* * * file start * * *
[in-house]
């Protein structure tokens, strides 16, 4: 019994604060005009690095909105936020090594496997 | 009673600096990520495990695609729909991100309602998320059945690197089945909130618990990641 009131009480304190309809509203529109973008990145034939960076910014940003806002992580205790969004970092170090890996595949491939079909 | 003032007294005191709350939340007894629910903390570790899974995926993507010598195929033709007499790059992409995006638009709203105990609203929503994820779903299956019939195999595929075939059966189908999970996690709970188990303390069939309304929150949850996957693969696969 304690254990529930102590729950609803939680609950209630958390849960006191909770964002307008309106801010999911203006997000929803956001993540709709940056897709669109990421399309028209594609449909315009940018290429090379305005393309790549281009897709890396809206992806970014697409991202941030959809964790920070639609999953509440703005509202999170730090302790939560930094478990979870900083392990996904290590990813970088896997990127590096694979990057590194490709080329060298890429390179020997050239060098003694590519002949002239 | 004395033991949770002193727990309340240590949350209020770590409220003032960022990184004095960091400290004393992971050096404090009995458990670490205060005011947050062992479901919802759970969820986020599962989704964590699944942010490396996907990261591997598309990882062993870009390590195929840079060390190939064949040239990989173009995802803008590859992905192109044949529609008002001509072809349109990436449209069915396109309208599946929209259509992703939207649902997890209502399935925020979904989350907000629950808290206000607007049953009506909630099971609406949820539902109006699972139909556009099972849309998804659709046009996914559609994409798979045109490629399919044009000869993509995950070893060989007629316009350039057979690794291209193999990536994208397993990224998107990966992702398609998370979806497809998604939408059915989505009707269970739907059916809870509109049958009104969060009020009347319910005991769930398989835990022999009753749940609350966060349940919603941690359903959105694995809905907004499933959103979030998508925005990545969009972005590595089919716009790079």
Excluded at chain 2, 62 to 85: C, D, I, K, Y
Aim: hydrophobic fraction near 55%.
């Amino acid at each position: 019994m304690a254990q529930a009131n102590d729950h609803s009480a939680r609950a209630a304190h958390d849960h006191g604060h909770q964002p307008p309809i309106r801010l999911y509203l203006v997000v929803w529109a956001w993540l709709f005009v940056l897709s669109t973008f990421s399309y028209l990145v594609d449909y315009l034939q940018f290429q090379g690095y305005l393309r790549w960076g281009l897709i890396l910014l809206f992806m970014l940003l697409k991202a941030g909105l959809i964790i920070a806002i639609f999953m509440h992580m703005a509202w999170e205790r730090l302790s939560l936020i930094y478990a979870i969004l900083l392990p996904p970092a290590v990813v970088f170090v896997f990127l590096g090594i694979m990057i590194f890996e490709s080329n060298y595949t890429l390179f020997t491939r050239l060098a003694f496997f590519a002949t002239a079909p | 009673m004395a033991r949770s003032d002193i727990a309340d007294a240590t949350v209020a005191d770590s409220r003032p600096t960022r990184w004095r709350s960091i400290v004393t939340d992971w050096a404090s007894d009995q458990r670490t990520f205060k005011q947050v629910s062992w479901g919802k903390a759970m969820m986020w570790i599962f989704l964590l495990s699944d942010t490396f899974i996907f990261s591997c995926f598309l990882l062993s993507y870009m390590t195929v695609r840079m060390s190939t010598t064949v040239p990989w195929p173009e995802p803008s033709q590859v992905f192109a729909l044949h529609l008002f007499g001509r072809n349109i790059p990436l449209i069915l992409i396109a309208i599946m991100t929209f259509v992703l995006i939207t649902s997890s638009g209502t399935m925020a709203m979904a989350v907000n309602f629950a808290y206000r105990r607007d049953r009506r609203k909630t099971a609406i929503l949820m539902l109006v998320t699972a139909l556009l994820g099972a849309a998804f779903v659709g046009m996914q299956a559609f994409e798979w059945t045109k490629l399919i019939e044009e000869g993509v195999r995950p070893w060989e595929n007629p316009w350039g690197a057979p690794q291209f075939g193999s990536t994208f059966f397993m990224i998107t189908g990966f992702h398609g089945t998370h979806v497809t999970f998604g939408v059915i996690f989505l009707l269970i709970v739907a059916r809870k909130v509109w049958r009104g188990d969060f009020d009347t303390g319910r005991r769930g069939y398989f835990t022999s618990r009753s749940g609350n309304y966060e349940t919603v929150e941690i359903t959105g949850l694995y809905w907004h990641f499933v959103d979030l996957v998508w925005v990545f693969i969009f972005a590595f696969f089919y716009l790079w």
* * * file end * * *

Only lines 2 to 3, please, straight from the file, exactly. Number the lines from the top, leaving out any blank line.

């Protein structure tokens, strides 16, 4: 019994604060005009690095909105936020090594496997 | 009673600096990520495990695609729909991100309602998320059945690197089945909130618990990641 009131009480304190309809509203529109973008990145034939960076910014940003806002992580205790969004970092170090890996595949491939079909 | 003032007294005191709350939340007894629910903390570790899974995926993507010598195929033709007499790059992409995006638009709203105990609203929503994820779903299956019939195999595929075939059966189908999970996690709970188990303390069939309304929150949850996957693969696969 304690254990529930102590729950609803939680609950209630958390849960006191909770964002307008309106801010999911203006997000929803956001993540709709940056897709669109990421399309028209594609449909315009940018290429090379305005393309790549281009897709890396809206992806970014697409991202941030959809964790920070639609999953509440703005509202999170730090302790939560930094478990979870900083392990996904290590990813970088896997990127590096694979990057590194490709080329060298890429390179020997050239060098003694590519002949002239 | 004395033991949770002193727990309340240590949350209020770590409220003032960022990184004095960091400290004393992971050096404090009995458990670490205060005011947050062992479901919802759970969820986020599962989704964590699944942010490396996907990261591997598309990882062993870009390590195929840079060390190939064949040239990989173009995802803008590859992905192109044949529609008002001509072809349109990436449209069915396109309208599946929209259509992703939207649902997890209502399935925020979904989350907000629950808290206000607007049953009506909630099971609406949820539902109006699972139909556009099972849309998804659709046009996914559609994409798979045109490629399919044009000869993509995950070893060989007629316009350039057979690794291209193999990536994208397993990224998107990966992702398609998370979806497809998604939408059915989505009707269970739907059916809870509109049958009104969060009020009347319910005991769930398989835990022999009753749940609350966060349940919603941690359903959105694995809905907004499933959103979030998508925005990545969009972005590595089919716009790079």
Excluded at chain 2, 62 to 85: C, D, I, K, Y